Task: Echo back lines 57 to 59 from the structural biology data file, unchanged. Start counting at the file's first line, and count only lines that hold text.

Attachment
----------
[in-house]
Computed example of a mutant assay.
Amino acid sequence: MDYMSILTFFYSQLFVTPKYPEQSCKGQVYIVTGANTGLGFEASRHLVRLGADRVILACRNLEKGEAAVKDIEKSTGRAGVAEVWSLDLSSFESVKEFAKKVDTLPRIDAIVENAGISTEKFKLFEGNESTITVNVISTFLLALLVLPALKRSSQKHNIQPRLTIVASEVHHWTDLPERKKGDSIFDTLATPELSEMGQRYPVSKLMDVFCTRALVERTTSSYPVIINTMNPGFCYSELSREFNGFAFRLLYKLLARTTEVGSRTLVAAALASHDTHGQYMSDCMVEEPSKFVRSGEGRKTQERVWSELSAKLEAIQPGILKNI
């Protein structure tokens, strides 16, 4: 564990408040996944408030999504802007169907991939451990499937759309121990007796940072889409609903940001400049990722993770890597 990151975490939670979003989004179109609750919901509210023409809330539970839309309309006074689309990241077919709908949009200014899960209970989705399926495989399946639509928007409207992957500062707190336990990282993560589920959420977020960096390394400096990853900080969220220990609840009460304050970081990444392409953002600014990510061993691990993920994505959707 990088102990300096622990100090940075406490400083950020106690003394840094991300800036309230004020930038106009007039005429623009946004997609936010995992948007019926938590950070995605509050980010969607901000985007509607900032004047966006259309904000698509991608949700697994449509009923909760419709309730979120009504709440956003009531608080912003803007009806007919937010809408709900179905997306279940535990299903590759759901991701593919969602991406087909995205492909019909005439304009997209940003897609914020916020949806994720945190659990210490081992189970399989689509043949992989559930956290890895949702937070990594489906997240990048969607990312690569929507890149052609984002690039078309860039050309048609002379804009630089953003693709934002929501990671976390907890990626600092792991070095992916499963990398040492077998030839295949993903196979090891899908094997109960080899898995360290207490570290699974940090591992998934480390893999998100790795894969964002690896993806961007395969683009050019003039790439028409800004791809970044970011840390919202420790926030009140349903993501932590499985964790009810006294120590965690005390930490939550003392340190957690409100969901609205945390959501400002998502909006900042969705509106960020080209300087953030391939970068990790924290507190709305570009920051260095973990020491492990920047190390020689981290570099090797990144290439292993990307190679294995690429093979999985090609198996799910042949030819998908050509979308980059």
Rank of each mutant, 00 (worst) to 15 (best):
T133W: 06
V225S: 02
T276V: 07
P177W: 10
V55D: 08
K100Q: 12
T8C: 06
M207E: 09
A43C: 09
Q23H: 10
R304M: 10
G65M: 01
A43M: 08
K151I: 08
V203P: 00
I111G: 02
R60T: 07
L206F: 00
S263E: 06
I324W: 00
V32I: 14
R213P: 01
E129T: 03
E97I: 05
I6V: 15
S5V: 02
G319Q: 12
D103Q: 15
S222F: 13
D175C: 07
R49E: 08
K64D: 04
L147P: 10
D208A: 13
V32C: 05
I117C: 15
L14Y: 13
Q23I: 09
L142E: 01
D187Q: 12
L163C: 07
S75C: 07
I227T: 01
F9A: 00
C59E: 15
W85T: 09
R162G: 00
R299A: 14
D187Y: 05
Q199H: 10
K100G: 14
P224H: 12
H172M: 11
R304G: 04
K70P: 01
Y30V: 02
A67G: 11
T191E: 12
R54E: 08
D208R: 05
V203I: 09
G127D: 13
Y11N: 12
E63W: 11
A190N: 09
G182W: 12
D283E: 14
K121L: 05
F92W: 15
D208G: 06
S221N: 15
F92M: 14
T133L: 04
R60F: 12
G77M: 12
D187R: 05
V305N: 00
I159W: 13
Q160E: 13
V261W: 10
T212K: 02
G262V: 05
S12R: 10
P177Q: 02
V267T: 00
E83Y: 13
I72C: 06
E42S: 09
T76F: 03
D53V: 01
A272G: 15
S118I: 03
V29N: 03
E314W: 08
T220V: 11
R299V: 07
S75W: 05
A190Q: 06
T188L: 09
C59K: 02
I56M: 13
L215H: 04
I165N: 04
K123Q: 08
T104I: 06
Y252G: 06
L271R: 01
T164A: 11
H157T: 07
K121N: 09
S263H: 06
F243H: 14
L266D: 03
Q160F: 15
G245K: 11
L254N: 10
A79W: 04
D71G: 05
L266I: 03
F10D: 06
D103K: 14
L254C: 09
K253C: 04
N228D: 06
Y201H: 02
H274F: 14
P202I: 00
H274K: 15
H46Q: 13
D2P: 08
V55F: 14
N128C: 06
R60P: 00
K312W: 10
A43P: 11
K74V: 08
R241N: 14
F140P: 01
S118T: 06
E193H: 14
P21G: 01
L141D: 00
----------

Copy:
P224H: 12
H172M: 11
R304G: 04